Some have asked if there wasn’t also a lot of fraud behind the collapse of S&Ls. Many allegations were that they squandered money buying expensive art, etc. They did not tell the public that the art more than doubled in value. Take the prosecution of the poster boy Charles Keating (1923– 2014). A Federal judge overturned the California state court conviction of Keating, ruling that jury instructions by the judge in the state court, Lance A. Ito, had been flawed.
The prosecution of Keating centered on the outrageous claim that he issued bonds, knowing that he would ultimately fail. NEVER in my decades of dealing with people and institutions have I ever encountered someone with legitimate company-issued bonds, knowing that would be an S&L crisis years later. Keating’s prosecution was simply legal persecution so that the government could blame the private sector, not Congress, which changed all regulations.
There was the Keating Five, who were US Senators accused of corruption in 1989 for intervening in Keating’s case. This was spun into a major political scandal involving Senator Alan Cranston (Democrat of California), Senator Dennis DeConcini (Democrat of Arizona), Senator John Glenn (Democrat of Ohio), Senator John McCain (Republican of Arizona), and Senator Donald W. Riegle, Jr. (Democrat of Michigan). This was an investigation of Keating’s Lincoln Savings and Loan Association by the Federal Home Loan Bank Board (FHLBB), which then backed off taking action against Lincoln.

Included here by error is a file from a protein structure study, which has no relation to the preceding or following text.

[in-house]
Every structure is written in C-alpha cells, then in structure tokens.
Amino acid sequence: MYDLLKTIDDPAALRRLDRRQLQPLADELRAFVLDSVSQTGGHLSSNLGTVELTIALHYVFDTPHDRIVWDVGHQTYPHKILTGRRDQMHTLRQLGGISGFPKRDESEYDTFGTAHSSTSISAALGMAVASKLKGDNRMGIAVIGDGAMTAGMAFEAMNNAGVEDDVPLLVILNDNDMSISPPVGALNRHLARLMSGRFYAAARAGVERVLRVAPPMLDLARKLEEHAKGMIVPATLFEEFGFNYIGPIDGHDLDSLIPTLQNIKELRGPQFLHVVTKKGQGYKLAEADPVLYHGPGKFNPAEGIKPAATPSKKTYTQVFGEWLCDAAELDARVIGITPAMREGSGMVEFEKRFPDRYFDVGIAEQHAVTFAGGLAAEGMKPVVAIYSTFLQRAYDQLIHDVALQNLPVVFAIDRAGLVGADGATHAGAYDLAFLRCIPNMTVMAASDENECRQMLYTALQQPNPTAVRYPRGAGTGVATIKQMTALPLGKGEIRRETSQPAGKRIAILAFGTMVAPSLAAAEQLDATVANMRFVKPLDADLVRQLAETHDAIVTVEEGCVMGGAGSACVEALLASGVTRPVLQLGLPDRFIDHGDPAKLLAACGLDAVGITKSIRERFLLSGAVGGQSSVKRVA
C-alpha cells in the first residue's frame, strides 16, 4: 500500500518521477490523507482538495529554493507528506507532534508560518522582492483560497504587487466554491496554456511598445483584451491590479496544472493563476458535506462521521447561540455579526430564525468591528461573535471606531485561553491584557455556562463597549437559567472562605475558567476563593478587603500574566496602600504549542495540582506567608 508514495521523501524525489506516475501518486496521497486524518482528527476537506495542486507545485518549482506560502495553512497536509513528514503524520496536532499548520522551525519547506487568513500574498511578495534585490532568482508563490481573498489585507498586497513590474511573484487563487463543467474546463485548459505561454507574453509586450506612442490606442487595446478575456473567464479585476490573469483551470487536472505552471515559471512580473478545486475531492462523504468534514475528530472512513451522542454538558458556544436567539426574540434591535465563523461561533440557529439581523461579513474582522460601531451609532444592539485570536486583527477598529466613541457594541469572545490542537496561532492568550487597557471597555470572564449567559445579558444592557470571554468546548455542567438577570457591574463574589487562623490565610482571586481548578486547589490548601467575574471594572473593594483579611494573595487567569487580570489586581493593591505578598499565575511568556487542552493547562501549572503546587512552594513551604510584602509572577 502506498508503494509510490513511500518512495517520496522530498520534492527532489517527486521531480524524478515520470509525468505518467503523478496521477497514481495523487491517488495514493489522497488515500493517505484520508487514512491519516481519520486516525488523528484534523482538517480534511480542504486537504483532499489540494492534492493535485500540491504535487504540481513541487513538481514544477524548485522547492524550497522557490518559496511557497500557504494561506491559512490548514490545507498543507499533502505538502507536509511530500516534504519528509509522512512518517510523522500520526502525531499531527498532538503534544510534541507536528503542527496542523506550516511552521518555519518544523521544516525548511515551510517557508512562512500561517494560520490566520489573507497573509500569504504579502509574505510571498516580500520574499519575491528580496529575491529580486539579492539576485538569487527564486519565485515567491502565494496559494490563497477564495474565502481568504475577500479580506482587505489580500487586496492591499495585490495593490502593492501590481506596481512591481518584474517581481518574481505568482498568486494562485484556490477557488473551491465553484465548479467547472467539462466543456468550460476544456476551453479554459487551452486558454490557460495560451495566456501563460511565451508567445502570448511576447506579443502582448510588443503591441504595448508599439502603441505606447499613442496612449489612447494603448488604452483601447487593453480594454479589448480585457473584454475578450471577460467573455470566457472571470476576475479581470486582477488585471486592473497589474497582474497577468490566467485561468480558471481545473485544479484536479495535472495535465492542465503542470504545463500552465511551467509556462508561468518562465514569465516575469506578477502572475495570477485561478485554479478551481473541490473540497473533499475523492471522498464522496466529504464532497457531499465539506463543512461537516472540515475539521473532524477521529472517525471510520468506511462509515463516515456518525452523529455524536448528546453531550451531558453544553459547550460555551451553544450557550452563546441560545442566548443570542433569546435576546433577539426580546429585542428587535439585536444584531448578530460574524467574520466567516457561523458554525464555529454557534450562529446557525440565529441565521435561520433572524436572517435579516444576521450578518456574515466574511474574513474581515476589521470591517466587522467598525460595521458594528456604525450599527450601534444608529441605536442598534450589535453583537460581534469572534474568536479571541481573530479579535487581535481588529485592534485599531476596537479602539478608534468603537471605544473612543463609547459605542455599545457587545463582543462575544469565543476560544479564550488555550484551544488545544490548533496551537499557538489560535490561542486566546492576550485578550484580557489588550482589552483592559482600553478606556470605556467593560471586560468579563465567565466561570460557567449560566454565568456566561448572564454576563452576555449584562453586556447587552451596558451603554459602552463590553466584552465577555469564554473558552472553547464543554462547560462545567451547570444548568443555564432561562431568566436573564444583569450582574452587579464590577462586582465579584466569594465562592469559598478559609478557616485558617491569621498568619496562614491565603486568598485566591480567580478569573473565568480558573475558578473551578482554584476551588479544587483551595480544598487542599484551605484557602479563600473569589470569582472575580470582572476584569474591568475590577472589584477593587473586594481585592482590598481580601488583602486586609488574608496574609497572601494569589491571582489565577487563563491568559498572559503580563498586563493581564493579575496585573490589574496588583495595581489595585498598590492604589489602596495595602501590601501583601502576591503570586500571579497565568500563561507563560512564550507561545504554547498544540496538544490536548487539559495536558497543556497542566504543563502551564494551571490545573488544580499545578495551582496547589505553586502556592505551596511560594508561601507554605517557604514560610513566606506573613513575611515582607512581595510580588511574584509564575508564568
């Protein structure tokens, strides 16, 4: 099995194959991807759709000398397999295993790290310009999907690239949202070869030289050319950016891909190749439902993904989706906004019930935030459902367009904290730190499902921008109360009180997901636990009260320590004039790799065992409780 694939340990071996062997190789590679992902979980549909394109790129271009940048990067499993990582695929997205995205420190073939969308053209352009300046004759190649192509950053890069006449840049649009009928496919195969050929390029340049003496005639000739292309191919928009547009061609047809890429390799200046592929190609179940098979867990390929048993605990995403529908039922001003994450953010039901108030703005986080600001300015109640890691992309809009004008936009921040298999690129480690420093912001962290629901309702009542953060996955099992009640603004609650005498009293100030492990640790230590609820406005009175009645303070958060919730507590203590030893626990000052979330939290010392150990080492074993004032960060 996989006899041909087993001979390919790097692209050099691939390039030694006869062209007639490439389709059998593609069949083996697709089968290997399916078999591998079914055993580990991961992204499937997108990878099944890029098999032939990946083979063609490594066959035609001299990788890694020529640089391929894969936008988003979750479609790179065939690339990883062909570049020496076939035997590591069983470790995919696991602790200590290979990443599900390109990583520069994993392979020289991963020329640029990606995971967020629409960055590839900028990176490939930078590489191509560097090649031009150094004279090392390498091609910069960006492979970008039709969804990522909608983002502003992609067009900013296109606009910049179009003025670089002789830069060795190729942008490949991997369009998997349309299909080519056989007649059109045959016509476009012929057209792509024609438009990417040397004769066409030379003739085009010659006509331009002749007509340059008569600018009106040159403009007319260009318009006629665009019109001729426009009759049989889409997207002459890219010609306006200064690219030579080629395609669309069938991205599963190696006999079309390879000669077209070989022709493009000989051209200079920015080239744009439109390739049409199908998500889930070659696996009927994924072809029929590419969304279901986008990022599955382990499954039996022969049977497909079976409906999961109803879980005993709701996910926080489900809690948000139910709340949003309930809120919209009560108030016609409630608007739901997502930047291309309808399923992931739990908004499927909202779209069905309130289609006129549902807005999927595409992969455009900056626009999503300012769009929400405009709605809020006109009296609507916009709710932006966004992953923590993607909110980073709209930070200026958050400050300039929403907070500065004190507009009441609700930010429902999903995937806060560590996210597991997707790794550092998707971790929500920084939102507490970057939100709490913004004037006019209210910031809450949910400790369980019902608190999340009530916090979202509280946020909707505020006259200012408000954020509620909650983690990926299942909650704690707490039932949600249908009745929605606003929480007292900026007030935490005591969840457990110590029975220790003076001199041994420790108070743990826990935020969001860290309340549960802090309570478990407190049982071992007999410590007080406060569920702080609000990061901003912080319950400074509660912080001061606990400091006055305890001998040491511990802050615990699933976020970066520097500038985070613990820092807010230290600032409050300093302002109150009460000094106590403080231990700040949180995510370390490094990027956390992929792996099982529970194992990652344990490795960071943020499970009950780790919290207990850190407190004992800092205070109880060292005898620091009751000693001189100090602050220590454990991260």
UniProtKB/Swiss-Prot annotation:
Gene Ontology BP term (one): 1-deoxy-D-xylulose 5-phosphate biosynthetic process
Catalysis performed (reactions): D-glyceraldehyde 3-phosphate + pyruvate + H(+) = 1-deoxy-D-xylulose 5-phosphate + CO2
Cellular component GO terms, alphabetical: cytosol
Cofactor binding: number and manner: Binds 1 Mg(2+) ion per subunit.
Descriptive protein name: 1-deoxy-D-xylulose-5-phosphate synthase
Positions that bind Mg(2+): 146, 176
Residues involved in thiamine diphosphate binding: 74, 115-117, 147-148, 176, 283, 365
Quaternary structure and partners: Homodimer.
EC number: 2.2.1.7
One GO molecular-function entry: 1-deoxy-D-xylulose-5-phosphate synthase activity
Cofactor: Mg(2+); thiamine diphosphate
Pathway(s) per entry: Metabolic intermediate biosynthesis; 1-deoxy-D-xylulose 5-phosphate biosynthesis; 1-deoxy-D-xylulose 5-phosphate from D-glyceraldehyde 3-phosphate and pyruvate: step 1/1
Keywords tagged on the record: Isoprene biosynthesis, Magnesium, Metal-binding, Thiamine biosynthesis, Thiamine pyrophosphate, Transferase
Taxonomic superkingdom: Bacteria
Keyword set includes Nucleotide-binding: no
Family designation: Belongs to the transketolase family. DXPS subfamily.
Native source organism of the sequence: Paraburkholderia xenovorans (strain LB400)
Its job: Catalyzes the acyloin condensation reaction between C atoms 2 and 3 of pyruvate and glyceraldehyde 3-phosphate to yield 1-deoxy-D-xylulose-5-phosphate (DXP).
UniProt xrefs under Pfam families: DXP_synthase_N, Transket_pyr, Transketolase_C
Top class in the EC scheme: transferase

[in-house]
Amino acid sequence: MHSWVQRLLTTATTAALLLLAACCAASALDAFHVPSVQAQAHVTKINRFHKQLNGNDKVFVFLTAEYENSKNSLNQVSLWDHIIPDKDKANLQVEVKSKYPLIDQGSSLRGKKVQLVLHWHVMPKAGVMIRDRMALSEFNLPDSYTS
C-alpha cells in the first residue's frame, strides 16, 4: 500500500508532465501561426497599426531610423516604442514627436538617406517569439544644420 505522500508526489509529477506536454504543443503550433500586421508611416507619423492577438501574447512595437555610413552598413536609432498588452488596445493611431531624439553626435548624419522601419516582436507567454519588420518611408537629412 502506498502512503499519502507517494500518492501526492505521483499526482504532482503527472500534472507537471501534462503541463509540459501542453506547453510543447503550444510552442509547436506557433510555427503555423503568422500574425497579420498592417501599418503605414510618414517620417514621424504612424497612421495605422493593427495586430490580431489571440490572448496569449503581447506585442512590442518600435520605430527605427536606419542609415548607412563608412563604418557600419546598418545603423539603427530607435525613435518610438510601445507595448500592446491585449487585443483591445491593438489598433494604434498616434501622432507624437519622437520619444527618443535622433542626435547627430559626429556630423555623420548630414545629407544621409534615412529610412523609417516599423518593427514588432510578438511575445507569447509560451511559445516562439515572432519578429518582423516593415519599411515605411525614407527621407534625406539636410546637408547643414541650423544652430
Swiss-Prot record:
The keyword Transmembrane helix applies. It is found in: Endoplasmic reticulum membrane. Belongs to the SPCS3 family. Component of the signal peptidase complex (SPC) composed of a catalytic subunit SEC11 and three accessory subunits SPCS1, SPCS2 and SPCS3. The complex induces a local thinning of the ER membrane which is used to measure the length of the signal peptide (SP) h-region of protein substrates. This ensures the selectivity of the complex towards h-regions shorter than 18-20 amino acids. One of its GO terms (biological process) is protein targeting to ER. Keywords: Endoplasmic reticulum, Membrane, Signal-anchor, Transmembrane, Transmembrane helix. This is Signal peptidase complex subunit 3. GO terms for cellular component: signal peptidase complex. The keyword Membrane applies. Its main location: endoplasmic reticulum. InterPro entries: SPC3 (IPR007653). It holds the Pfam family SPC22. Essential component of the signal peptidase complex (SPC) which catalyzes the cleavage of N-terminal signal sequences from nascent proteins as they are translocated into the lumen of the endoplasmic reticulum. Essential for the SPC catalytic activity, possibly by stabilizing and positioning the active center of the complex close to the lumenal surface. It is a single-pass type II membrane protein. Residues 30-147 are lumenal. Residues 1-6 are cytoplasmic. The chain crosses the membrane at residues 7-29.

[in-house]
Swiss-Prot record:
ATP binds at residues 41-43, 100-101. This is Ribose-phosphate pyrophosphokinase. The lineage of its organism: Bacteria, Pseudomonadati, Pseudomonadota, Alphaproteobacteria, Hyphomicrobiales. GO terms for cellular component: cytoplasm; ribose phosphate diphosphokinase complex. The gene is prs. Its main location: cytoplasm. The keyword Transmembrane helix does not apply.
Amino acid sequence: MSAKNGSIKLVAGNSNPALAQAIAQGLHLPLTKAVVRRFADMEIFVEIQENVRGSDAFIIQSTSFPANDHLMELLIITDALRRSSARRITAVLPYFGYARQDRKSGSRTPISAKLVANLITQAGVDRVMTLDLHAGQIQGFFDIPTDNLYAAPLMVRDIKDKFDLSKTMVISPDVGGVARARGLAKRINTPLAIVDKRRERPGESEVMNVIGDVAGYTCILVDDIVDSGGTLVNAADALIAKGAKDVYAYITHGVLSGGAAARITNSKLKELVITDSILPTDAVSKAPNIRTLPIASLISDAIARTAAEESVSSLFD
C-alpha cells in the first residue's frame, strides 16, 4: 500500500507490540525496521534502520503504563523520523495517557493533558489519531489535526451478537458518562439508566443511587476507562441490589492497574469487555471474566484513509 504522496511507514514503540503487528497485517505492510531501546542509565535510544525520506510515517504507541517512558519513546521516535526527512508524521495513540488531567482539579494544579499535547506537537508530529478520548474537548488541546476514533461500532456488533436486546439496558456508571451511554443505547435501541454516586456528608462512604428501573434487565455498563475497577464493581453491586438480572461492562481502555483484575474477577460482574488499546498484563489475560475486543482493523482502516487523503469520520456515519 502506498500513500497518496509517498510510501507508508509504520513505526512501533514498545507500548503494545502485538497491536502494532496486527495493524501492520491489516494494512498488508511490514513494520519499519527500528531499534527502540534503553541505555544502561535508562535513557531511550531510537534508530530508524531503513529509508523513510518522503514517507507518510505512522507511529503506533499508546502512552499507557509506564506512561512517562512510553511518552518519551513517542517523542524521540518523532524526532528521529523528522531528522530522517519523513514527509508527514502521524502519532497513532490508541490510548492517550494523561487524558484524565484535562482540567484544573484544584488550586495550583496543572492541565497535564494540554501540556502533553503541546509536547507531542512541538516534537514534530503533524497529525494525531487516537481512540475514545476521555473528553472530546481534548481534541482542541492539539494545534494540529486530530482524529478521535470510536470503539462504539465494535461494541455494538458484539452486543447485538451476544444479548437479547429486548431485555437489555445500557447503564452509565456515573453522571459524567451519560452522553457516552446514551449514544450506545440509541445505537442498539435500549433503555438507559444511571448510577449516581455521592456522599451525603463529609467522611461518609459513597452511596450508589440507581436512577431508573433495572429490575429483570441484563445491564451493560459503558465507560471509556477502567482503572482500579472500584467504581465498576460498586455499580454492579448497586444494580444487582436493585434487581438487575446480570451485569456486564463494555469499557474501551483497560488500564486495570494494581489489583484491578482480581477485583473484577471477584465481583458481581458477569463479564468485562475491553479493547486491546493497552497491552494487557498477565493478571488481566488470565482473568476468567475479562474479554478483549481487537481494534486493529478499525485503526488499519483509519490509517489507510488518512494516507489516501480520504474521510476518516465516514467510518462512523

Eventually, the fraud that Keating was charged with in his Lincoln Savings and Loan collapse of 1989 cost the government $3.4 billion. The bondholders amounted to 23,000, and the government claimed they were defrauded because Keating knew he would eventually fail. The substantial political contributions Keating had made to each of the senators, totaling $1.3 million, attracted considerable public and media attention at the time.
Finally, after a very lengthy investigation, the Senate Ethics Committee determined in 1991 that Cranston, DeConcini, and Riegle had all improperly interfered with the FHLBB’s investigation of Lincoln Savings. Cranston received a formal reprimand. Senators John Glenn and John McCain were cleared of having acted improperly. Nonetheless, they were criticized for having exercised “poor judgment,” whereas anyone else would have been charged with conspiracy to obstruct justice.
All five senators eventually completed their terms of office. Both John Glenn and John McCain ran for re-election and won. McCain later even ran for President, but thank God he lost.
Anyone who looks closely at the conviction of Keating is confronted with the plain fact that this was a political prosecution to provide the cover for Congress in this attempt to shift all the blame to the private sector portraying the owners of these S&Ls as greedy rich people seeking to make money.